Progress on air pollution has stalled. Though air quality in the U.S. has improved over the decades, in recent years that progress has slowed. The U.S. Environmental Protection Agency calculates that the average level of ozone pollution dropped by 31 percent from 1980 to 2018 and that fine particulate pollution dropped by 34 percent from 2000 to 2018.107 However, the agency’s analysis of elevated ozone and particulate pollution in 35 major cities shows that the number of days of pollution was higher in each of the years from 2015 through 2018 than it was in 2013 or 2014.108 Furthermore, the agency’s data show that 2018 had more days of pollution than each of the previous five years. The data analysis for this report reveals that the increase in days of elevated air pollution means that millions more Americans lived in areas with polluted air in 2018 than in 2016.109

There are of course a number of policy recommendations:

  • Support zero-emission vehicles
  • Create a strong regional program to reduce transportation emissions under the Transportation and Climate Initiative (TCI) in northeastern and mid-Atlantic states
  • Ensure that states can adopt and strengthen pollution standards for passenger vehicles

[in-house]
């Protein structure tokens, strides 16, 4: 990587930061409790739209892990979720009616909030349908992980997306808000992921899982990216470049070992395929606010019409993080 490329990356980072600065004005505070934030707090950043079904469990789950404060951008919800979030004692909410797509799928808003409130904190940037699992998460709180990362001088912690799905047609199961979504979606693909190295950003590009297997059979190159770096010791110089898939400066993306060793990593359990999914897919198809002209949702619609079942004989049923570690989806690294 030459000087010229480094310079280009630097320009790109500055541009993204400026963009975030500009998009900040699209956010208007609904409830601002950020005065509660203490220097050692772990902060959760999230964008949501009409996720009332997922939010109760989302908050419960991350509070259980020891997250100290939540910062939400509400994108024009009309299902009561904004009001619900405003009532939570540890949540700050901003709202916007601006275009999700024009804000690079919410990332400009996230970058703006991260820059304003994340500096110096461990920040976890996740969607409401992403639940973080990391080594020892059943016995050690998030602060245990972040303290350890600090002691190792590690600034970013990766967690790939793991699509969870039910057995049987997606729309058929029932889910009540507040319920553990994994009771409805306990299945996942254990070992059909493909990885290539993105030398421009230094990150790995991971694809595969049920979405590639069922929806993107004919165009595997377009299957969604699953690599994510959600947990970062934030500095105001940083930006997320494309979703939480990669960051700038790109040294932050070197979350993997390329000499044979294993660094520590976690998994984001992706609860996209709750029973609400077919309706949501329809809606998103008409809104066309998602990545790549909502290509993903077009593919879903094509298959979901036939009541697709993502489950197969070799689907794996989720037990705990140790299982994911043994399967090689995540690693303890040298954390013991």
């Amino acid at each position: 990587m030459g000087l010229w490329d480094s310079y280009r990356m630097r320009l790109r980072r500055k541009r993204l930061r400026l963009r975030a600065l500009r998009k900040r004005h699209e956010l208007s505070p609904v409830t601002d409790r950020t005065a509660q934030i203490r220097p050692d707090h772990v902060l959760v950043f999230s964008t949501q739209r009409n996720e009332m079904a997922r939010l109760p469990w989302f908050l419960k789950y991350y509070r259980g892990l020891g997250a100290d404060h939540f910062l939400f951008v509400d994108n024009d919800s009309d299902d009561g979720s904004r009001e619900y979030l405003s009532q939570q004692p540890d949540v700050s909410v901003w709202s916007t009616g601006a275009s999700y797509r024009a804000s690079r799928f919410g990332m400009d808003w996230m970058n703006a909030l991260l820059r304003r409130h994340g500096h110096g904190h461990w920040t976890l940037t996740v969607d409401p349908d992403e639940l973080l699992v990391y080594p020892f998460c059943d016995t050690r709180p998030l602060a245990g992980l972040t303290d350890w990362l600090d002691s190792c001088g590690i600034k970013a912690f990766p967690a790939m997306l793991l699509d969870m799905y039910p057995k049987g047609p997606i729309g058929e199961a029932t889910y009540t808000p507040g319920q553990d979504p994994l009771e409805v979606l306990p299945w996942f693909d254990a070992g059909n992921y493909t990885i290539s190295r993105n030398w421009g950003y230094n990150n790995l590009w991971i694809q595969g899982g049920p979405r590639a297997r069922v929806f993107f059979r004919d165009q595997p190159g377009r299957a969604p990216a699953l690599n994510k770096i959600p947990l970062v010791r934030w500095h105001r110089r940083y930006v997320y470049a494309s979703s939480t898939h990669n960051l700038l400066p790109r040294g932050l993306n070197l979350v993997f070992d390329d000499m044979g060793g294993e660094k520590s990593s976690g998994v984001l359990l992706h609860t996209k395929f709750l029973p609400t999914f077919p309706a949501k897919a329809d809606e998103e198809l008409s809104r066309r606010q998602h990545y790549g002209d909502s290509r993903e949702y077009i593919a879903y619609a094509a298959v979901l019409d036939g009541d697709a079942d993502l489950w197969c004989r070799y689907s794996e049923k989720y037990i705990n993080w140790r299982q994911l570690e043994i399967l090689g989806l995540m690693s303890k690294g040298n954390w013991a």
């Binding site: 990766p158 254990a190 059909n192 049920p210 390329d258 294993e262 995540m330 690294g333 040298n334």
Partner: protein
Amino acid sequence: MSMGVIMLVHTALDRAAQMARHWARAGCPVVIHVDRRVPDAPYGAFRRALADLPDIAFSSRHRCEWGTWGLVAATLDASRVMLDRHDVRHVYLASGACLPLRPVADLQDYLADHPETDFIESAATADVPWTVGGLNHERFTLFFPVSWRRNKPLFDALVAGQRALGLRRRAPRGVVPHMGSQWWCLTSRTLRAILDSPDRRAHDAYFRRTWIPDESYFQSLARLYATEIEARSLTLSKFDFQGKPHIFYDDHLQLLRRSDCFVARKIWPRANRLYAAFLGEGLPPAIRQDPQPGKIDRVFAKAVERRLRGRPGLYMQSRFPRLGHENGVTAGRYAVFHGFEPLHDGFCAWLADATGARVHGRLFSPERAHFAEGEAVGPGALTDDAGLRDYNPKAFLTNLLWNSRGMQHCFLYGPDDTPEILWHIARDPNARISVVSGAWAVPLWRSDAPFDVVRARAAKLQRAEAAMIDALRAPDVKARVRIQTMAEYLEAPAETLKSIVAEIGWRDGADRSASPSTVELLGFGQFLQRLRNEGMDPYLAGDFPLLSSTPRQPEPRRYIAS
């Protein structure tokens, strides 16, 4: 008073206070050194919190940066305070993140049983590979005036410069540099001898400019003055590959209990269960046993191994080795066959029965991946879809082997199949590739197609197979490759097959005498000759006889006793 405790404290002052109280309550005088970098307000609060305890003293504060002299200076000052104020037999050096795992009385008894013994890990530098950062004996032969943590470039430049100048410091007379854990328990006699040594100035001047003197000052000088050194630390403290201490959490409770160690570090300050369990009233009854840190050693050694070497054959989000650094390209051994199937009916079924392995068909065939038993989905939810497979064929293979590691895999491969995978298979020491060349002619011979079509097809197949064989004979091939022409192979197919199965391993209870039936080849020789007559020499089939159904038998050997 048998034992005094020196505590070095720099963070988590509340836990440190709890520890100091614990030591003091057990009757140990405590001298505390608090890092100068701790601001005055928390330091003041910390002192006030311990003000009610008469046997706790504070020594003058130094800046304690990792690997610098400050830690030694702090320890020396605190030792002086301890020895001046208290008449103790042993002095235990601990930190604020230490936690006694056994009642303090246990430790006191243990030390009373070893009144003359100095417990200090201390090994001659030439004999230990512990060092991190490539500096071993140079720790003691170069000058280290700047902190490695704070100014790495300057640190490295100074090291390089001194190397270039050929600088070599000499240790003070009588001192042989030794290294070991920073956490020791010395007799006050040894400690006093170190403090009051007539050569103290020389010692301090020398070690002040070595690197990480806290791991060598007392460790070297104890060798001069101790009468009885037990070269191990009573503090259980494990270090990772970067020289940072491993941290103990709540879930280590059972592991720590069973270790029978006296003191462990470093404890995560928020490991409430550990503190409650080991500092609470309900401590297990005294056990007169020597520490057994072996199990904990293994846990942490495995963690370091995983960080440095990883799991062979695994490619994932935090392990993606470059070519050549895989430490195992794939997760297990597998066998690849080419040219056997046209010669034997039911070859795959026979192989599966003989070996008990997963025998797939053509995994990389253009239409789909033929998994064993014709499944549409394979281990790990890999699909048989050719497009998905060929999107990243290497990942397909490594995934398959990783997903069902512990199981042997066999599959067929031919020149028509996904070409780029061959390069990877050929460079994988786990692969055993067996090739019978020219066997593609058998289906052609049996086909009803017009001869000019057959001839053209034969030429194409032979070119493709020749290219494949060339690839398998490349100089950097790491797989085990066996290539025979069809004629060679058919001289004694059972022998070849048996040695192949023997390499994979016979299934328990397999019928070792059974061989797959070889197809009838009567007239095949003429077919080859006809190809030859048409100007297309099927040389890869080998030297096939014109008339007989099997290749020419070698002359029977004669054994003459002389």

• Maintain strong federal fuel economy and global warming pollution standards for transportation
  • Support policies that can reduce driving and increase walking, biking and the use of transit.
  • Supporting clean, renewable energy. Move the country away from fossil fuels – which are a major source of climate pollution in transportation, electricity generation and buildings – and toward the use of clean, renewable energy like wind turbines and solar panels.
  • Maintain the gains already achieved under implementation of the Clean Air Act
  • Strengthen ozone and particulate matter standards
  • Ensure strong enforcement of the Clean Air Act
  • Protecting and expanding urban tree cover

The references (superscript numbers) are listed in the original document:  https://uspirg.org/reports/usf/trouble-air

Win With Wind Tee Shirts

We have tee shirts with the WWW logo and picture of clams and oysters in the back by artist Stacy Posnett. See our previous blog post.

Inventory:

ADULTShort Sleeve   $30                                                   

White                    XXL, XL, L, M, S  (one each)

Dark Grey            L

Steel                      XL, XL, L, L, M

White                    XL, XL, L, L, M, M, S

ADULT  –  Long Sleeve $35                                                                                   

White                    XL, XL, L, L, M, M, S

CHILDRENLong sleeve with interior fleece, like a sweat shirt $35

Blue                       XL, L, L, M, M, S 

Steel                      XL, L, L, M, M,

The small children’s size is for 4-6 year old kids, and the XL looks like it would fit a skinny teenager (or a petite adult) – these are my guesses.

PLEASE SEND ORDERS TO DAVID and MONEY to JERRY (pay by check to Win With Wind)

Questions Regarding Costs for the SFWF

Question:  how would the decreasing cost of Wind Power in general affect the SFWF (South Fork Wind Farm) project and the resulting per cost/kw to LI ratepayers?